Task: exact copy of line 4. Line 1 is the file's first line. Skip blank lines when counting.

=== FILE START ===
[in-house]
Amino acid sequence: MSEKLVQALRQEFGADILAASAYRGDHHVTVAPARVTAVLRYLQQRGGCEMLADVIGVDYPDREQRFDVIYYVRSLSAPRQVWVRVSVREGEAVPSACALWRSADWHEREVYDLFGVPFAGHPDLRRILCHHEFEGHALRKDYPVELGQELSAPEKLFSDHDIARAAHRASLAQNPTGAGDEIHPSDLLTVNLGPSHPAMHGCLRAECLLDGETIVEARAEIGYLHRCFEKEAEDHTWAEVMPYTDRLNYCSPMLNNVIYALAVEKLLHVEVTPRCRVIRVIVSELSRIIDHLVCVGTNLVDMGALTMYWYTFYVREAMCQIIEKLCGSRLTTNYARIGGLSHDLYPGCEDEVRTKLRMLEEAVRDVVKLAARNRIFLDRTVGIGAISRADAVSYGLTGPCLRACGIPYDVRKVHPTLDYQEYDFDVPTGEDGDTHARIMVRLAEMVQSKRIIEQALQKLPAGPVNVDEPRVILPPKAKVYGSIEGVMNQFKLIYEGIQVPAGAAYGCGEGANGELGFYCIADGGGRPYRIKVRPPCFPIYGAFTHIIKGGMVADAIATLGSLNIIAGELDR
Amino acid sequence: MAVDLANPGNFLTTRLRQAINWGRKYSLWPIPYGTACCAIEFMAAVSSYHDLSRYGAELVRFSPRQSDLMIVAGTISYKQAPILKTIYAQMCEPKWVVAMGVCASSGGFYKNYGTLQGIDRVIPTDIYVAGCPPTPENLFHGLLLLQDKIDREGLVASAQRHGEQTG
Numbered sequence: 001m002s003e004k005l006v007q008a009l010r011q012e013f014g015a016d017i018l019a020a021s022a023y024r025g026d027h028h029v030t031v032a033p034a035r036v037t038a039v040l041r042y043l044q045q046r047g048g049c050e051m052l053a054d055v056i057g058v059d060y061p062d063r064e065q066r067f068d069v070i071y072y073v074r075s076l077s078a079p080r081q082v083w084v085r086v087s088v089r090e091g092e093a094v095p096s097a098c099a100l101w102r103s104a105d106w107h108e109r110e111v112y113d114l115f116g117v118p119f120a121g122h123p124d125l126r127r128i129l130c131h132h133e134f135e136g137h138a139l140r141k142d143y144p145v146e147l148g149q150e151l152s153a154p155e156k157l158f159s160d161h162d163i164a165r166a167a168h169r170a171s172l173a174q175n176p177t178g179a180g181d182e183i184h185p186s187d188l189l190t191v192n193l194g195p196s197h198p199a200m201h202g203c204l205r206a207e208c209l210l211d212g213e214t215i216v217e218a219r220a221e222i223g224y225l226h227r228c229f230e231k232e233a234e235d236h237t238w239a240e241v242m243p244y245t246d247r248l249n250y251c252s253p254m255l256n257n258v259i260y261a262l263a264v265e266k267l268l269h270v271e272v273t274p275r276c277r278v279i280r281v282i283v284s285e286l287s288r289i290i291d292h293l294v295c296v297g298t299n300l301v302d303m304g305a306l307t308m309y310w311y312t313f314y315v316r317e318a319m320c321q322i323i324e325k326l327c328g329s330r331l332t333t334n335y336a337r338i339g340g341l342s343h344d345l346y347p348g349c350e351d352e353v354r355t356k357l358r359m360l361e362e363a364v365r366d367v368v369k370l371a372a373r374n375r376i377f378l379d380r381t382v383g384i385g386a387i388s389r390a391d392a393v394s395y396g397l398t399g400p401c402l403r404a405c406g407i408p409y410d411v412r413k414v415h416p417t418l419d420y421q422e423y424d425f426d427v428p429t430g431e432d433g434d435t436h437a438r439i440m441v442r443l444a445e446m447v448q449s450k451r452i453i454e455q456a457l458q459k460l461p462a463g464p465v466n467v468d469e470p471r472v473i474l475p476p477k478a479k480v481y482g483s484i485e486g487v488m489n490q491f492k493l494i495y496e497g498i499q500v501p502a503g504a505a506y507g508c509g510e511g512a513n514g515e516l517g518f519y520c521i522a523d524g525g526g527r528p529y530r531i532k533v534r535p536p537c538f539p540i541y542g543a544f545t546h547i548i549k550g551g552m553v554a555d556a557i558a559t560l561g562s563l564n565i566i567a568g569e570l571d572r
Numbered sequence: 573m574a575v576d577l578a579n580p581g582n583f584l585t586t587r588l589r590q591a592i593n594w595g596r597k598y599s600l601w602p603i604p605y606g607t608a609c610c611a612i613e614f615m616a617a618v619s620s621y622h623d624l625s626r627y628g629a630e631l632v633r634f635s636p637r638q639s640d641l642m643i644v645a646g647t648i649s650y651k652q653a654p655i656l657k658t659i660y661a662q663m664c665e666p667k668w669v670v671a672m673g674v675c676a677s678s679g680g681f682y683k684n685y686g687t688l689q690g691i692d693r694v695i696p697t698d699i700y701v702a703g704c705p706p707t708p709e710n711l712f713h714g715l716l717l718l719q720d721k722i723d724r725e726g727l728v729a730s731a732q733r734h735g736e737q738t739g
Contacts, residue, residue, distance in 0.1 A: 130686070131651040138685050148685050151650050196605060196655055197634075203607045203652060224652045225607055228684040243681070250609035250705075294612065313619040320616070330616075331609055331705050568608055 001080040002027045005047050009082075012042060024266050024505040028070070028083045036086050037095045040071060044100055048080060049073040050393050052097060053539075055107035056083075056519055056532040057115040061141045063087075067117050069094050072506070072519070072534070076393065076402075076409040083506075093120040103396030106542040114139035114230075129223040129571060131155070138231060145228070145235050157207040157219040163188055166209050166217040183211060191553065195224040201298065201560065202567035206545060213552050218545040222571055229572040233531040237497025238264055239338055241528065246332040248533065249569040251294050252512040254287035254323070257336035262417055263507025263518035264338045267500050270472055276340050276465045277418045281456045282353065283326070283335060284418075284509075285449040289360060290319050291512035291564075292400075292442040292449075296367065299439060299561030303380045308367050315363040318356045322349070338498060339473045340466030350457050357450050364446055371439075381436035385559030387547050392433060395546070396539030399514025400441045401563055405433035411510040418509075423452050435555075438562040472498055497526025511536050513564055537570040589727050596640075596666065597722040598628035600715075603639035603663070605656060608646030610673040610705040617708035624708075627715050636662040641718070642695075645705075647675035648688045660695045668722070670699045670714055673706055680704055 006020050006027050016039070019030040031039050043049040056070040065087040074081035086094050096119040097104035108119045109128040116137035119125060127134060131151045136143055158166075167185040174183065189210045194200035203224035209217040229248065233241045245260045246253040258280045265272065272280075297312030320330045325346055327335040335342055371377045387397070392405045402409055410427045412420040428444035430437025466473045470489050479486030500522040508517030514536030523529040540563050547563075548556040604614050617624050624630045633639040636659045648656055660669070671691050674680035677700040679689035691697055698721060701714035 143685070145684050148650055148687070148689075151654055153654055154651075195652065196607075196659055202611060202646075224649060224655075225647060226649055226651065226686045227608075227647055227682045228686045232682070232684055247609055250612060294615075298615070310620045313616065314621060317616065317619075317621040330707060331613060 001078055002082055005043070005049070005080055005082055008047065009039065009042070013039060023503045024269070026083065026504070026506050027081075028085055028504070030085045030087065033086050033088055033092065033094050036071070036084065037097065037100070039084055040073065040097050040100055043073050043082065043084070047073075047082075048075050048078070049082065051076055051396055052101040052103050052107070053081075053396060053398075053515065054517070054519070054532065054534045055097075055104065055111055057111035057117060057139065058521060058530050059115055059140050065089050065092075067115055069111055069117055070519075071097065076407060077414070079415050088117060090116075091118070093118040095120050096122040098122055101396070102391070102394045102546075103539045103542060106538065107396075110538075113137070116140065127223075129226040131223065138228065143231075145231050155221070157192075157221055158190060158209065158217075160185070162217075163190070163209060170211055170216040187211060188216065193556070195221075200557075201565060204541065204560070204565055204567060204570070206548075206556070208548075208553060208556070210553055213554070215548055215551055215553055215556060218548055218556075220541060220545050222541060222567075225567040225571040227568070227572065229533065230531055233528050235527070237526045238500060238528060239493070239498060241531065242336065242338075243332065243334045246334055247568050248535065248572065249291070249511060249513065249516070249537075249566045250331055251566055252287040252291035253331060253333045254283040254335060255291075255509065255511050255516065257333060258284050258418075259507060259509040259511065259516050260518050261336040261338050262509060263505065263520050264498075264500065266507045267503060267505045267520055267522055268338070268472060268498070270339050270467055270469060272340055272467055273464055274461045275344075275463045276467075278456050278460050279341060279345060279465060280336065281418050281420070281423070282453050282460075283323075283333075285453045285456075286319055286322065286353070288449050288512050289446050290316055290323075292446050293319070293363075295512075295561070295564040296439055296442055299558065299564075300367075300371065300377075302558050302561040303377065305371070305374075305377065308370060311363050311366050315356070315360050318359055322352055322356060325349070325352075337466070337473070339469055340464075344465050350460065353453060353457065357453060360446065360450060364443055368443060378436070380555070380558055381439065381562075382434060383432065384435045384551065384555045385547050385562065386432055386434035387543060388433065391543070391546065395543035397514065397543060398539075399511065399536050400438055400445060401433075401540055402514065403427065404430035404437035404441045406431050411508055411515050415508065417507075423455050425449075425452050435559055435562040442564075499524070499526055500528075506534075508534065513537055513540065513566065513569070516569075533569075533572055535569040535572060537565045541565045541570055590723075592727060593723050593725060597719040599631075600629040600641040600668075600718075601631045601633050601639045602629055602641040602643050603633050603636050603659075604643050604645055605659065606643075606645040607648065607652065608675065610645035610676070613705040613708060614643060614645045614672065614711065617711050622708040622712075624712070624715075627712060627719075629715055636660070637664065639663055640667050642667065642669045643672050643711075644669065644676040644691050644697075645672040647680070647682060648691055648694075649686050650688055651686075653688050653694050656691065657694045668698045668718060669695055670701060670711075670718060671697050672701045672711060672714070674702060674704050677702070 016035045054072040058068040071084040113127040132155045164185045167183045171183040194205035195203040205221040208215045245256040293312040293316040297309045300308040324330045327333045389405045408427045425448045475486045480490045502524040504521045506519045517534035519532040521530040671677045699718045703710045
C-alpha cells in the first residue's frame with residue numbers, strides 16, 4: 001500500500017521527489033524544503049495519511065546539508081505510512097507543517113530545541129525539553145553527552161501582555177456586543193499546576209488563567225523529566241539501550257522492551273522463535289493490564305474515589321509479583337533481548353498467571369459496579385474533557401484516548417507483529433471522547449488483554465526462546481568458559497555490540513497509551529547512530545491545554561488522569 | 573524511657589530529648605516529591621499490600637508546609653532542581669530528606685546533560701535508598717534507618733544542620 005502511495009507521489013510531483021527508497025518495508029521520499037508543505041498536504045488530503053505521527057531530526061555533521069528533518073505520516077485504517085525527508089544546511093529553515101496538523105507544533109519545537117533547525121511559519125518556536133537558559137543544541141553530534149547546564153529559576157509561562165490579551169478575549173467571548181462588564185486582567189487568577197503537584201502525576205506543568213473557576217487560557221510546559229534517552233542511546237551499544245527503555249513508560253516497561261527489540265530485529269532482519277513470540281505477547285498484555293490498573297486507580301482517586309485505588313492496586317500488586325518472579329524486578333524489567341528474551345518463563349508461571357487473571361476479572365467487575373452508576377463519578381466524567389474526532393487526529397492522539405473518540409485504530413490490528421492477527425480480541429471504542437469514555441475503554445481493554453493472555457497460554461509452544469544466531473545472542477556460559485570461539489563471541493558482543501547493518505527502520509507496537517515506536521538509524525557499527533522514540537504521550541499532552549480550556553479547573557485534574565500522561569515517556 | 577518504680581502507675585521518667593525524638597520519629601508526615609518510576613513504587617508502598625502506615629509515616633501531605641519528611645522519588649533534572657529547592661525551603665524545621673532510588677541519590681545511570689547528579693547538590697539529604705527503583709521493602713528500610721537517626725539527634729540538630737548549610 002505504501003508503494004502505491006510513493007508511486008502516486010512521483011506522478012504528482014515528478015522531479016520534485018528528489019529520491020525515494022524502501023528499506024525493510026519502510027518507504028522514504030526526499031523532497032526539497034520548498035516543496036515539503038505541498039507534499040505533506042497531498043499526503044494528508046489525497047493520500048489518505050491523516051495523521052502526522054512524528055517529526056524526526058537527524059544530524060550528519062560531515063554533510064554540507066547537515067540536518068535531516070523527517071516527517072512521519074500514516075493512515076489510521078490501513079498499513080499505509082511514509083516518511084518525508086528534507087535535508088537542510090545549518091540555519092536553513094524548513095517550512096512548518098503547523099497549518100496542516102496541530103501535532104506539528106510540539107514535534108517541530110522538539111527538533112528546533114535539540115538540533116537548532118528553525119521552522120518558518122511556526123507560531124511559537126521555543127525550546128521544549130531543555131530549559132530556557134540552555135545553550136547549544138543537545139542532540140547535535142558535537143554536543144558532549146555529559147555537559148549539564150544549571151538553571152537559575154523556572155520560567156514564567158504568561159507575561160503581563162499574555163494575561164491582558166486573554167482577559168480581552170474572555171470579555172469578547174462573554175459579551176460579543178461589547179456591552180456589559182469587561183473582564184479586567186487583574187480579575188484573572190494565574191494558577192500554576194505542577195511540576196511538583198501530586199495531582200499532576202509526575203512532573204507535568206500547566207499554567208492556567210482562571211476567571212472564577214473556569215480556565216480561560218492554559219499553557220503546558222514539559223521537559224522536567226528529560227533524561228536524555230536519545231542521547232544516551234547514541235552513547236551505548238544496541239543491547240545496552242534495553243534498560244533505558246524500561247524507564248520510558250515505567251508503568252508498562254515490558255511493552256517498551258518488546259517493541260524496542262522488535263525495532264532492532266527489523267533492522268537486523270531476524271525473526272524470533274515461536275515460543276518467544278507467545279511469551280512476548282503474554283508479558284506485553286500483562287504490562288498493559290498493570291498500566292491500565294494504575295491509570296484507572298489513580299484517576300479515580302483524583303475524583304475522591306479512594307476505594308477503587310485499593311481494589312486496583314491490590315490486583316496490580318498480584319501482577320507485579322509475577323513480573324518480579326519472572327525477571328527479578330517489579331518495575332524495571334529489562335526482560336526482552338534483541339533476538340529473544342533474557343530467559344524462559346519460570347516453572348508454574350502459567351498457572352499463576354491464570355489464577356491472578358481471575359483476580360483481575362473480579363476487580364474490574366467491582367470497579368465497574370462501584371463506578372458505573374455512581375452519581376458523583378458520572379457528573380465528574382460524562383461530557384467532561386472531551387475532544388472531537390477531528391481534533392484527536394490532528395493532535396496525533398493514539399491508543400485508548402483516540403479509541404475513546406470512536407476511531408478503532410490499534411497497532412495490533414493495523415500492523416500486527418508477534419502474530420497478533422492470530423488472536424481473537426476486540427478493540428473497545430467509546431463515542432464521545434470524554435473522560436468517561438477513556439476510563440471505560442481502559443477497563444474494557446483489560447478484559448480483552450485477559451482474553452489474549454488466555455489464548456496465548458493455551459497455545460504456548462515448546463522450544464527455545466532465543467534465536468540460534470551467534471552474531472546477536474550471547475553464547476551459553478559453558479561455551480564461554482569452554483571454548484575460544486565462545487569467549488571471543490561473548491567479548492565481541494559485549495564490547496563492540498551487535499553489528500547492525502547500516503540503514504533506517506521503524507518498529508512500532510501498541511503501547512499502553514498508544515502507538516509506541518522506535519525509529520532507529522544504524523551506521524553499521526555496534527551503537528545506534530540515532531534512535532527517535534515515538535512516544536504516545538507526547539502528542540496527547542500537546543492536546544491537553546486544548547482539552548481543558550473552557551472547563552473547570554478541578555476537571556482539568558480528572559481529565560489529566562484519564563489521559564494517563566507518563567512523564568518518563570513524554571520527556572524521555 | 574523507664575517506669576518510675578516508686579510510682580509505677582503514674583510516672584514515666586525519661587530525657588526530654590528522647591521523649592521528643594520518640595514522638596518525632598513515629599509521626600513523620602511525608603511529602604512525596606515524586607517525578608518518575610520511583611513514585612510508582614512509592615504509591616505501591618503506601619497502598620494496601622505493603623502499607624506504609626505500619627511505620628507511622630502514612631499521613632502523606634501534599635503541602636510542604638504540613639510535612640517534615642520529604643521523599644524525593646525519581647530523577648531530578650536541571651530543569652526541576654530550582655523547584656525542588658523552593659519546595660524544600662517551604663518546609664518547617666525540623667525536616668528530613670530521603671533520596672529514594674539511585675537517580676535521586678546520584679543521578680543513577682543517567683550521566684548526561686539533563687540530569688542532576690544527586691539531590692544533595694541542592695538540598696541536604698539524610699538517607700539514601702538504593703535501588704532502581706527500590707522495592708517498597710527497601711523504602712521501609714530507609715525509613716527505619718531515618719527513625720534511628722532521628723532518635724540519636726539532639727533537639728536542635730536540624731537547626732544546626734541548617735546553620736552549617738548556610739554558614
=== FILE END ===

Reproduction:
Numbered sequence: 001m002s003e004k005l006v007q008a009l010r011q012e013f014g015a016d017i018l019a020a021s022a023y024r025g026d027h028h029v030t031v032a033p034a035r036v037t038a039v040l041r042y043l044q045q046r047g048g049c050e051m052l053a054d055v056i057g058v059d060y061p062d063r064e065q066r067f068d069v070i071y072y073v074r075s076l077s078a079p080r081q082v083w084v085r086v087s088v089r090e091g092e093a094v095p096s097a098c099a100l101w102r103s104a105d106w107h108e109r110e111v112y113d114l115f116g117v118p119f120a121g122h123p124d125l126r127r128i129l130c131h132h133e134f135e136g137h138a139l140r141k142d143y144p145v146e147l148g149q150e151l152s153a154p155e156k157l158f159s160d161h162d163i164a165r166a167a168h169r170a171s172l173a174q175n176p177t178g179a180g181d182e183i184h185p186s187d188l189l190t191v192n193l194g195p196s197h198p199a200m201h202g203c204l205r206a207e208c209l210l211d212g213e214t215i216v217e218a219r220a221e222i223g224y225l226h227r228c229f230e231k232e233a234e235d236h237t238w239a240e241v242m243p244y245t246d247r248l249n250y251c252s253p254m255l256n257n258v259i260y261a262l263a264v265e266k267l268l269h270v271e272v273t274p275r276c277r278v279i280r281v282i283v284s285e286l287s288r289i290i291d292h293l294v295c296v297g298t299n300l301v302d303m304g305a306l307t308m309y310w311y312t313f314y315v316r317e318a319m320c321q322i323i324e325k326l327c328g329s330r331l332t333t334n335y336a337r338i339g340g341l342s343h344d345l346y347p348g349c350e351d352e353v354r355t356k357l358r359m360l361e362e363a364v365r366d367v368v369k370l371a372a373r374n375r376i377f378l379d380r381t382v383g384i385g386a387i388s389r390a391d392a393v394s395y396g397l398t399g400p401c402l403r404a405c406g407i408p409y410d411v412r413k414v415h416p417t418l419d420y421q422e423y424d425f426d427v428p429t430g431e432d433g434d435t436h437a438r439i440m441v442r443l444a445e446m447v448q449s450k451r452i453i454e455q456a457l458q459k460l461p462a463g464p465v466n467v468d469e470p471r472v473i474l475p476p477k478a479k480v481y482g483s484i485e486g487v488m489n490q491f492k493l494i495y496e497g498i499q500v501p502a503g504a505a506y507g508c509g510e511g512a513n514g515e516l517g518f519y520c521i522a523d524g525g526g527r528p529y530r531i532k533v534r535p536p537c538f539p540i541y542g543a544f545t546h547i548i549k550g551g552m553v554a555d556a557i558a559t560l561g562s563l564n565i566i567a568g569e570l571d572r